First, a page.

How Asia-Pacific’s premium property markets, including Australia, New Zealand, Singapore and Hong Kong, took a hit in early 2022 … despite forecasts of substantial growth
What a difference a quarter makes.
Despite the known unknowns as 2021 ended – the ongoing pandemic, rising geopolitical tensions and the inevitability of interest rate rises sooner rather than later – many industry analysts were still forecasting substantial growth in Asia-Pacific’s most expensive housing markets during 2022, continuing the recent trend.
By this April, that seemed highly optimistic.
In New Zealand, where the median national house price finished the year 23.8 per cent higher than at the start, data for the first quarter of 2022 shows the market experienced the largest quarterly drop in more than a decade.
After Australian home values gained 22.1 per cent last year, latest data shows state capitals Sydney and Melbourne have both taken a hit. Home sales in Hong Kong slumped to a two-year low in March, while a similar transaction contraction in ever-reliable Singapore is sparking predictions of a softening in that market.
On paper, the declines may appear modest – in the case of New Zealand, only -0.6 per cent was recorded nationally in the QV House Price Index. But QV general manager David Nagel suggests this points to a wider trend towards lower growth.
“We’re seeing quite a rapid decline in the rate of annual growth – especially compared to the early months of 2021, when the market was peaking,” he said.
“This is particularly prevalent in the main centres where some of the largest value increases over the past two years have occurred.”
Based on latest data and market conditions, ANZ bank chief economist Sharon Zollner is forecasting a 10 per cent fall in New Zealand house prices over 2022 – about the same percentage change as occurred following the global financial crisis (GFC) of 2007-08.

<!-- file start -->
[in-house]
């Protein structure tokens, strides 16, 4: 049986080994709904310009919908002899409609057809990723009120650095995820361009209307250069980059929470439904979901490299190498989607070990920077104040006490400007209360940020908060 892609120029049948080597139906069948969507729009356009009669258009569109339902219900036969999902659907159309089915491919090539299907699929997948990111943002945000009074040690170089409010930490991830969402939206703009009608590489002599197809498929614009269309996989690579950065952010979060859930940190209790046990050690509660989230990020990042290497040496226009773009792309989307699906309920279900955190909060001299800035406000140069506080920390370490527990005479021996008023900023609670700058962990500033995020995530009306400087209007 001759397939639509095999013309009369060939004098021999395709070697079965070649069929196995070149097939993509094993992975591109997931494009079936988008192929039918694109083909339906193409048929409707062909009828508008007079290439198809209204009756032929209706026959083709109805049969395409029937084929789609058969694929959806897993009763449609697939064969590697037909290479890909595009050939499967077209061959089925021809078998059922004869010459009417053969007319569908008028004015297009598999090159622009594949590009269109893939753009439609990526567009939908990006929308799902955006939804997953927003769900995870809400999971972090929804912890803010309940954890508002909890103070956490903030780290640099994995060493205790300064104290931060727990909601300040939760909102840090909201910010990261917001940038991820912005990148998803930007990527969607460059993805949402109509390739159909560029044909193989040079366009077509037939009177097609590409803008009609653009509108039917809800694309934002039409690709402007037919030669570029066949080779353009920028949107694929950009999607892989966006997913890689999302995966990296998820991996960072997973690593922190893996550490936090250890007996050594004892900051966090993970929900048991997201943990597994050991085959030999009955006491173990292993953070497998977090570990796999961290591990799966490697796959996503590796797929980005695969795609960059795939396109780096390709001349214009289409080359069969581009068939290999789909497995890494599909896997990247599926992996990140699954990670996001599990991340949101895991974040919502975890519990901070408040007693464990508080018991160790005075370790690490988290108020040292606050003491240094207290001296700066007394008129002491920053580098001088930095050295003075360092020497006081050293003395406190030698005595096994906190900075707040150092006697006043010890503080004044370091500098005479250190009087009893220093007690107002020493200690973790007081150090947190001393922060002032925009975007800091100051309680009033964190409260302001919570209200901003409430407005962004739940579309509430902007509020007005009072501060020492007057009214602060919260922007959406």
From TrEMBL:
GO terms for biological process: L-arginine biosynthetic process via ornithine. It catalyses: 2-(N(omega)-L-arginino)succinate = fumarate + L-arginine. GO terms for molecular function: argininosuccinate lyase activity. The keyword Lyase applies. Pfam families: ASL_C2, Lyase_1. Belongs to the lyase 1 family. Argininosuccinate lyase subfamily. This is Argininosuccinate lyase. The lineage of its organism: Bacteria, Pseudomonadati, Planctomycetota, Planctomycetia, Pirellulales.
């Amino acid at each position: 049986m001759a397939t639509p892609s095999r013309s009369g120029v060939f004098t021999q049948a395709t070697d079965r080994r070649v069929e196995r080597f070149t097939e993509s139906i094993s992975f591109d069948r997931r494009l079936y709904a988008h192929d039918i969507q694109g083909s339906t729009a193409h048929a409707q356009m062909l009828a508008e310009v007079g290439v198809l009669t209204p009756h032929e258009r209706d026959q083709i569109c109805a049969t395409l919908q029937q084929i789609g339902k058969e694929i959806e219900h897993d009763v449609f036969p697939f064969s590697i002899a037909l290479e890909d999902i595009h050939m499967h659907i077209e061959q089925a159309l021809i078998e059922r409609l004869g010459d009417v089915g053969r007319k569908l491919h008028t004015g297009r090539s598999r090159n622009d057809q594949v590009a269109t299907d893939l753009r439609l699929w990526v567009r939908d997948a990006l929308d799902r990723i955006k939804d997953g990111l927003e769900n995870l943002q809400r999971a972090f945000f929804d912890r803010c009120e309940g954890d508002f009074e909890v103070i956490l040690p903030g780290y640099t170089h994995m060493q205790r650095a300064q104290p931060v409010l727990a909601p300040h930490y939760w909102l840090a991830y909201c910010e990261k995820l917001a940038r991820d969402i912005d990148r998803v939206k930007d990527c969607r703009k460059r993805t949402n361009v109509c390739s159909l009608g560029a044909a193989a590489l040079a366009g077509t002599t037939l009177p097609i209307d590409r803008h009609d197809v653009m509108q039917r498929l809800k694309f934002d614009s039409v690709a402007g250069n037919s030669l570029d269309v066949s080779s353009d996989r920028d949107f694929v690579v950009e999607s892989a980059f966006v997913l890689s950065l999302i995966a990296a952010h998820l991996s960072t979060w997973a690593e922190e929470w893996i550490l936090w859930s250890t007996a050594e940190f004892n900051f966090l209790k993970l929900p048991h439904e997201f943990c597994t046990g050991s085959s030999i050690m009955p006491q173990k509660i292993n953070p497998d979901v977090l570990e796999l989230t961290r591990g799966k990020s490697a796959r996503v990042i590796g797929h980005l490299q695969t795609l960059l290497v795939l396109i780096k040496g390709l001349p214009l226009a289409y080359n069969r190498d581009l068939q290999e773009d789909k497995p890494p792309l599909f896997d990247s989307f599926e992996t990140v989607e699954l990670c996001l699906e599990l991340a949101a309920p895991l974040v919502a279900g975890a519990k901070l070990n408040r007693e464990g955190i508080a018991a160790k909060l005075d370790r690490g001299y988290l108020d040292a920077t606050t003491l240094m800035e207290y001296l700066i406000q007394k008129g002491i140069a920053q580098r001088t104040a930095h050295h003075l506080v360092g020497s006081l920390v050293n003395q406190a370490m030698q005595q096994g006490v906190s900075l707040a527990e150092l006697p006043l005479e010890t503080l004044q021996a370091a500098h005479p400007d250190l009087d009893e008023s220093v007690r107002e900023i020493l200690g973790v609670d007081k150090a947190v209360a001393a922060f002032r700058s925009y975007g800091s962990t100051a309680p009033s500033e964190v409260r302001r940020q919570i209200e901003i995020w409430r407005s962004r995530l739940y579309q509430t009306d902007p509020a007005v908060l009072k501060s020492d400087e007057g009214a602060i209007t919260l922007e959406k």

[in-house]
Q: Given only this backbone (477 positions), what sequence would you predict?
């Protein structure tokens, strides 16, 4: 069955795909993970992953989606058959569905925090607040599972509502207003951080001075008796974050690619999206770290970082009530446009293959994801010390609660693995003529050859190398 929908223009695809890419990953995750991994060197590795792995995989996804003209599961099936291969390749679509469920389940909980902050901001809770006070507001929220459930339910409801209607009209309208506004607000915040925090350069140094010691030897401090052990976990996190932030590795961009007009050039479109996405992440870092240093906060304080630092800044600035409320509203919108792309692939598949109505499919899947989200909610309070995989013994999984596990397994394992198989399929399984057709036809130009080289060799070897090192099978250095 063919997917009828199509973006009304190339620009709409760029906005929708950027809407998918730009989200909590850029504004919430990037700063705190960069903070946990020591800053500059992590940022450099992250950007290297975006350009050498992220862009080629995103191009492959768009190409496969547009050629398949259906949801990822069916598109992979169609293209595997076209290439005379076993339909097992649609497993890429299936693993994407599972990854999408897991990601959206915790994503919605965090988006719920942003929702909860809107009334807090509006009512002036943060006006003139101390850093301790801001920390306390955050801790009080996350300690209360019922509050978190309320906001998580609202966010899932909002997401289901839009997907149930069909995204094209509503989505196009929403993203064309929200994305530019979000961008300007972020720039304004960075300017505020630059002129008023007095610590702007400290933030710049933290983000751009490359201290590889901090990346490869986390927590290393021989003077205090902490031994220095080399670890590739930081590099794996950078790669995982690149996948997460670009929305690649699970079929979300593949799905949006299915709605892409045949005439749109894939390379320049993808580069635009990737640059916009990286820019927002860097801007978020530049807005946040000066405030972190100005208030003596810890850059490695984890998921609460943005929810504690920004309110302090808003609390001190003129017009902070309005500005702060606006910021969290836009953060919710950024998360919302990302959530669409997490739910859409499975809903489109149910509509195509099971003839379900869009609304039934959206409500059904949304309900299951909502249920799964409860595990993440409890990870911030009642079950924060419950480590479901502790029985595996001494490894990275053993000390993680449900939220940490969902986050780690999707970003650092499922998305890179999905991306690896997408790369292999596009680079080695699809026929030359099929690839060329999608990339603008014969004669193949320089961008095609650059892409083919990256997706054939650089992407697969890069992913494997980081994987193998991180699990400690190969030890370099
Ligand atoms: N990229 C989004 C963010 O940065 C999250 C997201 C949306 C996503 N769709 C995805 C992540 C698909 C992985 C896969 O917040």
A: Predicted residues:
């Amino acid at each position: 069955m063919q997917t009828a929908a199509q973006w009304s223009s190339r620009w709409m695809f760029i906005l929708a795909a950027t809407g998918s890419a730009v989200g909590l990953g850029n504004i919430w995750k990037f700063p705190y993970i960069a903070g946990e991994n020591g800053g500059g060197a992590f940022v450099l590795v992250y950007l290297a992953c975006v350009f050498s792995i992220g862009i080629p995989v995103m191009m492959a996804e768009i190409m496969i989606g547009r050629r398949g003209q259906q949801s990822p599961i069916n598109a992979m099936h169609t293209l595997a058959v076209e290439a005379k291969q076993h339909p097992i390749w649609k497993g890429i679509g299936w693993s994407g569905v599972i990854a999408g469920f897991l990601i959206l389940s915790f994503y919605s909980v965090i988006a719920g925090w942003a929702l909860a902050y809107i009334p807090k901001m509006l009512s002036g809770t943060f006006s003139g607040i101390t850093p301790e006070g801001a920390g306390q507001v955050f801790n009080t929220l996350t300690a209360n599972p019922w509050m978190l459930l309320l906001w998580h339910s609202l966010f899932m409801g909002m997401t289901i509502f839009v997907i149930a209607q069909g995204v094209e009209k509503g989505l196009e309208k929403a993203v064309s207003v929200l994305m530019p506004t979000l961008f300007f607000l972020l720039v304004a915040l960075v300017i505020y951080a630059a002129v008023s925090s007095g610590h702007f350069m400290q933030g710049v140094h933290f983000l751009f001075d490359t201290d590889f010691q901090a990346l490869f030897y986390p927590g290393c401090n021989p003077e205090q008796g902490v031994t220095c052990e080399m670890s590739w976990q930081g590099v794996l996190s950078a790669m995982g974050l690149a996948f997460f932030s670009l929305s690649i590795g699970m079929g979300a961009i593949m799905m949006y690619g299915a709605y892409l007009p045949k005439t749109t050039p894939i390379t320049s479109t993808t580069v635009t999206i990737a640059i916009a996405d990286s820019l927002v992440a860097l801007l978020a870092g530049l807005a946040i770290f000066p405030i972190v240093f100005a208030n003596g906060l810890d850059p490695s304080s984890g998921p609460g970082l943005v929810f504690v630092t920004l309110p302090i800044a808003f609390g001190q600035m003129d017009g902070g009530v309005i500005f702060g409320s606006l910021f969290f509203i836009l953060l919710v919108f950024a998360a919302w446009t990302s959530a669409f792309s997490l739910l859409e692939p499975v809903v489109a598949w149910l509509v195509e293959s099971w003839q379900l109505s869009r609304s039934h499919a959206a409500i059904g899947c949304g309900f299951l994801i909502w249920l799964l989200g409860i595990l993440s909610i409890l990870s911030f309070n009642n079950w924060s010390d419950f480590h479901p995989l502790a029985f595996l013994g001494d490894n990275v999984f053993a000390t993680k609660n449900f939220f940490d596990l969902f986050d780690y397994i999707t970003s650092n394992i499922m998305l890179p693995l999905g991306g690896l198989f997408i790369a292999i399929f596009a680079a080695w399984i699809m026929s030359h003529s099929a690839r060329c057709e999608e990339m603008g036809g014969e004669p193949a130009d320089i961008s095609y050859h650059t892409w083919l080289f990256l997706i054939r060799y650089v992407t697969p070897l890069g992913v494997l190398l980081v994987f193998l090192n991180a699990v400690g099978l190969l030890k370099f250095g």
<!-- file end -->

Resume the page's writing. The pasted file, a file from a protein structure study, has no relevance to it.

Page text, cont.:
Zollner noted however that while this might sound like an extreme correction, “we’d still call it a soft landing given it would leave prices around 30 per cent higher than their pre-pandemic level, with very few homeowners in a negative equity position”.
In April, in an updated outlook for Australia, CommBank’s head of Australian economics Gareth Aird opined that Sydney and Melbourne prices appeared to have peaked.
“Booms don’t go on indefinitely,” he said. CommBank now expects Australian property prices to end the year broadly flat in 2022, before falling by 8 per cent in 2023.
Goldman Sachs is predicting a greater slide in Hong Kong home prices, which it predicts could fall by one-fifth over a four-year period. The investment bank has lowered its forecast from flat prices this year to a 5 per cent decline in each year between 2022 and 2025.
While Knight Frank still expects to see growth in core Asia-Pacific markets this year, the global real estate consultancy has downgraded some of its earlier forecasts. For the prime market in Auckland, New Zealand, 2022 growth is now forecast at between 2 and 5 per cent, down from the 7 per cent forecast in December 2021.
Singapore’s forecast, originally greater than 5 per cent, has been revised down to between 1 and 3 per cent, largely due to tightened government policies designed to curb rising prices.
Unsurprised by these contractions, Victoria Garrett, head of residential, Asia-Pacific, Knight Frank, points to a confluence of factors driving home prices up in 2021 that are unlikely to be repeated.
“Mainstream residential prices in Asia-Pacific rose 9.1 per cent for the whole of 2021, up from the 6.4 per cent growth observed in the middle of the year. This was a marked acceleration from 2020, when prices grew just under 2 per cent,” she said.